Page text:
It has recently been announced that the UK government believes that they will see hydrogen cars on the roads in just two years’ time; far earlier than expected by most consumers.
The think tank, UKH2Mobility, consisting of carmakers, government departments, and hydrogen technology companies believes that the number of hydrogen powered cars could reach 1.5 million within the next 20 years, marking a considerable shift from not only petrol and diesel models, but hybrids and electric cars too.
It’s not going to be smooth sailing of course, because it’s still proving extremely difficult to convince consumers that alternative fuels are the way forward. Sales of electric cars are still relatively disappointing, primarily because of concerns about the range drivers can travel on. The main stumbling block is the price however. Electric cars are currently very expensive compared to traditional ones, and it’s hard to see how the additional price is worth it, even with substantially better economy.
It is likely that, given the cost of purchasing a new battery, people are going to be more inclined to use services such as Hitachi business car leasing, in order to offset the expense. The used car market is certainly going to change when batteries become more expensive than the cars themselves.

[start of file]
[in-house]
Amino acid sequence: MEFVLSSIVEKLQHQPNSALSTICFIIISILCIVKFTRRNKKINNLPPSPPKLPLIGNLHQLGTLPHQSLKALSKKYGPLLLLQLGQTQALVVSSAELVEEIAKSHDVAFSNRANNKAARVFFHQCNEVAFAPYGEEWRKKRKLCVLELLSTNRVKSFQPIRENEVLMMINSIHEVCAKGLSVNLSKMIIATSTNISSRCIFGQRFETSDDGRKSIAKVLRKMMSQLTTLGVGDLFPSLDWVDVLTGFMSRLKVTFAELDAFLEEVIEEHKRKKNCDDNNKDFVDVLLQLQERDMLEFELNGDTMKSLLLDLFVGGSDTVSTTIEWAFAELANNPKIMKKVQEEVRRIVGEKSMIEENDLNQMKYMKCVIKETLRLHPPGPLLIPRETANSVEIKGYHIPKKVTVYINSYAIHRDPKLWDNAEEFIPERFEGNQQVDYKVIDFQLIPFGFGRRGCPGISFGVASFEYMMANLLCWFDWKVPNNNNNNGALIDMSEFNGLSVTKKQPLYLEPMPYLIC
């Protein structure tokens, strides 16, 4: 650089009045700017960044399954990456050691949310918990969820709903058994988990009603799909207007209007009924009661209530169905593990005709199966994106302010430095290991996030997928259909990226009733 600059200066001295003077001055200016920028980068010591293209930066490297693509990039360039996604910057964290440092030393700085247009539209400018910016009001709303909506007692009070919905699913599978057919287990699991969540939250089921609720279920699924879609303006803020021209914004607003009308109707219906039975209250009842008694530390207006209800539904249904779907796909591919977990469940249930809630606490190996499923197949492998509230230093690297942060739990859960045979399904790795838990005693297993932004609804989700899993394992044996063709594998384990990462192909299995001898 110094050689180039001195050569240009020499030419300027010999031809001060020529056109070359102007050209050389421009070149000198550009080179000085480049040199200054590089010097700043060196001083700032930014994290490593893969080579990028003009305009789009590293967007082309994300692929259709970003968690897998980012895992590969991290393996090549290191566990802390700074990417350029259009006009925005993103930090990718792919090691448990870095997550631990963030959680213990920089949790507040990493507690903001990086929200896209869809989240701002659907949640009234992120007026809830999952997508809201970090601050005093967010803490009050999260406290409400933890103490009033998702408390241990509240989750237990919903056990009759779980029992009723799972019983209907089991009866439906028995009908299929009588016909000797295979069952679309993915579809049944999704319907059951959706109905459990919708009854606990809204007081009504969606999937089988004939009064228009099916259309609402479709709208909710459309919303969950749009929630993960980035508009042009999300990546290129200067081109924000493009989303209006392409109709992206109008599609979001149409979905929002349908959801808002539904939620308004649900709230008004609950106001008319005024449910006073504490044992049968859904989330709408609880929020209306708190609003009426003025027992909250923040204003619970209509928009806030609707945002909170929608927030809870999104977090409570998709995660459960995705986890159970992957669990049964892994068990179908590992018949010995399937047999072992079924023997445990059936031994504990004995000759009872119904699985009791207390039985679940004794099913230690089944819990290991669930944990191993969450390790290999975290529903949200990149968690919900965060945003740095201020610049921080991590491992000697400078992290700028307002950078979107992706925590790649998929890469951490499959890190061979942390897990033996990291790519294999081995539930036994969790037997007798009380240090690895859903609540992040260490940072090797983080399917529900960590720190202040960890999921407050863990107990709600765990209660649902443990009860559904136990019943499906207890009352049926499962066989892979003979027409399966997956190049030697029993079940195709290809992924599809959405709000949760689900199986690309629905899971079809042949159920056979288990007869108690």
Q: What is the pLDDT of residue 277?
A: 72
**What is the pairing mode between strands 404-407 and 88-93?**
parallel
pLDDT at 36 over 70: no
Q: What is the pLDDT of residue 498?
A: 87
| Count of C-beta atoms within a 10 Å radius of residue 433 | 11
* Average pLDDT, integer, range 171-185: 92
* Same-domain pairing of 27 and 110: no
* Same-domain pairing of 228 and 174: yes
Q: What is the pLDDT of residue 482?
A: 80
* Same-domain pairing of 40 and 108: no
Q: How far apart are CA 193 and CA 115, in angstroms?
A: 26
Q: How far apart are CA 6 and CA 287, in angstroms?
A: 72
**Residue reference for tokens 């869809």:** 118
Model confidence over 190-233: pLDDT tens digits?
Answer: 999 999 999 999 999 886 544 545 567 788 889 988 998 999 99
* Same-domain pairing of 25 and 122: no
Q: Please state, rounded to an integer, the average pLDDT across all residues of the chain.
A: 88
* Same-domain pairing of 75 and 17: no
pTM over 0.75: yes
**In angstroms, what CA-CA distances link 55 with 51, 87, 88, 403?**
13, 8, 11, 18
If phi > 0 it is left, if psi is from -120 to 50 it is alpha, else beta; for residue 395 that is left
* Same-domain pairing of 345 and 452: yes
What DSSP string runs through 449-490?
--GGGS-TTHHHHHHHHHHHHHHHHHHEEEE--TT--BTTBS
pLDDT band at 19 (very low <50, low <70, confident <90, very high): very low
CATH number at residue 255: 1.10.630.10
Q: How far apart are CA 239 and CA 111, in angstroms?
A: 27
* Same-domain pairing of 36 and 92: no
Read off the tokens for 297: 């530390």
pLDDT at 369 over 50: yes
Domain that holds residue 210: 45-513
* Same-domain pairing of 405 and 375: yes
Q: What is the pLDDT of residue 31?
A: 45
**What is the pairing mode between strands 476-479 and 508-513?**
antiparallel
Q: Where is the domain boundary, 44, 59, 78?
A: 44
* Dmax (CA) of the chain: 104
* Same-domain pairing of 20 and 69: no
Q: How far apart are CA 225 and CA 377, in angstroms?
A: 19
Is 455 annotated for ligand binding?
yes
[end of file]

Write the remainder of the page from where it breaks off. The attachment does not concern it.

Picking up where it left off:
The £5000 grant available towards the purchase price of a new electric car will also be given to hydrogen powered cars, but the scheme isn’t guaranteed beyond the current government.
If we really are going to see hydrogen cars on UK roads by 2015, then there are going to have to be a fair few places at which they can be refuelled. The government is looking to establish 65 stations at which hydrogen cars will be able to get fuel by 2015, and by 2030 this figure is planned to be around 1100.
The cost of reaching the 2030 goals is estimated to be as much as £400 million, though there is no word yet on where the funding will actually come from.
It is hoped then, that both electric cars, and those powered by hydrogen will both be widely used in the future, as the hunt for better economy continues. The transition is likely to be very gradual however; the logistics as still very complicated, and there are some manufacturers such as Mazda, who are still focusing their efforts on improving the internal combustion engine.